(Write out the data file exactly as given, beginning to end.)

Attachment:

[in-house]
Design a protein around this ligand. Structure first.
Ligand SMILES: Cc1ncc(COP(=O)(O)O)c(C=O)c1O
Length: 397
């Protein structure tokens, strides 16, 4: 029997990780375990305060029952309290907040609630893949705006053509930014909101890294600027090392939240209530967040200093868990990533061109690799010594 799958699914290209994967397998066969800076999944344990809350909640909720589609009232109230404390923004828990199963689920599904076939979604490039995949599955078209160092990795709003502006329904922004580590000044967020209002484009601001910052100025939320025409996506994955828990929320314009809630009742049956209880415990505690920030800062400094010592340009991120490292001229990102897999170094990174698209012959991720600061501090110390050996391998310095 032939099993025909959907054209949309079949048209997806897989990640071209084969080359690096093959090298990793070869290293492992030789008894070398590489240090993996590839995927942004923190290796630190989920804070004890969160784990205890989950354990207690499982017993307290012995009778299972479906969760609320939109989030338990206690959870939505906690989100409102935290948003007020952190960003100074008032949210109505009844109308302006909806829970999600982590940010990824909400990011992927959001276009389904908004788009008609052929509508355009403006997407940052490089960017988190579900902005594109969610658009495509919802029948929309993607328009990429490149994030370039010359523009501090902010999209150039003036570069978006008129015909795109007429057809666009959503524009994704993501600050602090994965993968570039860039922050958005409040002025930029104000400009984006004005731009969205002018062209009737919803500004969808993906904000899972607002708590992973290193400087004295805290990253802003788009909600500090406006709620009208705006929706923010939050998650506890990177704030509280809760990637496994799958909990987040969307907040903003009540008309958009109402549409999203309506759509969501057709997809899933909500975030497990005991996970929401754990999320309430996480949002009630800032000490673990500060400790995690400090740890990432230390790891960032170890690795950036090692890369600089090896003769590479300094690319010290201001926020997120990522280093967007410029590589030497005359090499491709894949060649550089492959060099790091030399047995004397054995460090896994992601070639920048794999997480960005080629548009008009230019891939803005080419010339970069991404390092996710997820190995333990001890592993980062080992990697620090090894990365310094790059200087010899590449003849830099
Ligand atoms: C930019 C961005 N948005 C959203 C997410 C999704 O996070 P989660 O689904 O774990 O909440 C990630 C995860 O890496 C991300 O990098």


[in-house]
Design a protein around this ligand. Structure first.
Ligand SMILES: Cc1ncc(COP(=O)(O)O)c(C=O)c1O
Length: 397
């Protein structure tokens, strides 16, 4: 029997990780375990305060029952309290907040609630893949705006053509930014909101890294600027090392939240209530967040200093868990990533061109690799010594 799958699914290209994967397998066969800076999944344990809350909640909720589609009232109230404390923004828990199963689920599904076939979604490039995949599955078209160092990795709003502006329904922004580590000044967020209002484009601001910052100025939320025409996506994955828990929320314009809630009742049956209880415990505690920030800062400094010592340009991120490292001229990102897999170094990174698209012959991720600061501090110390050996391998310095 032939099993025909959907054209949309079949048209997806897989990640071209084969080359690096093959090298990793070869290293492992030789008894070398590489240090993996590839995927942004923190290796630190989920804070004890969160784990205890989950354990207690499982017993307290012995009778299972479906969760609320939109989030338990206690959870939505906690989100409102935290948003007020952190960003100074008032949210109505009844109308302006909806829970999600982590940010990824909400990011992927959001276009389904908004788009008609052929509508355009403006997407940052490089960017988190579900902005594109969610658009495509919802029948929309993607328009990429490149994030370039010359523009501090902010999209150039003036570069978006008129015909795109007429057809666009959503524009994704993501600050602090994965993968570039860039922050958005409040002025930029104000400009984006004005731009969205002018062209009737919803500004969808993906904000899972607002708590992973290193400087004295805290990253802003788009909600500090406006709620009208705006929706923010939050998650506890990177704030509280809760990637496994799958909990987040969307907040903003009540008309958009109402549409999203309506759509969501057709997809899933909500975030497990005991996970929401754990999320309430996480949002009630800032000490673990500060400790995690400090740890990432230390790891960032170890690795950036090692890369600089090896003769590479300094690319010290201001926020997120990522280093967007410029590589030497005359090499491709894949060649550089492959060099790091030399047995004397054995460090896994992601070639920048794999997480960005080629548009008009230019891939803005080419010339970069991404390092996710997820190995333990001890592993980062080992990697620090090894990365310094790059200087010899590449003849830099
Ligand atoms: C930019 C961005 N948005 C959203 C997410 C999704 O996070 P989660 O689904 O774990 O909440 C990630 C995860 O890496 C991300 O990098």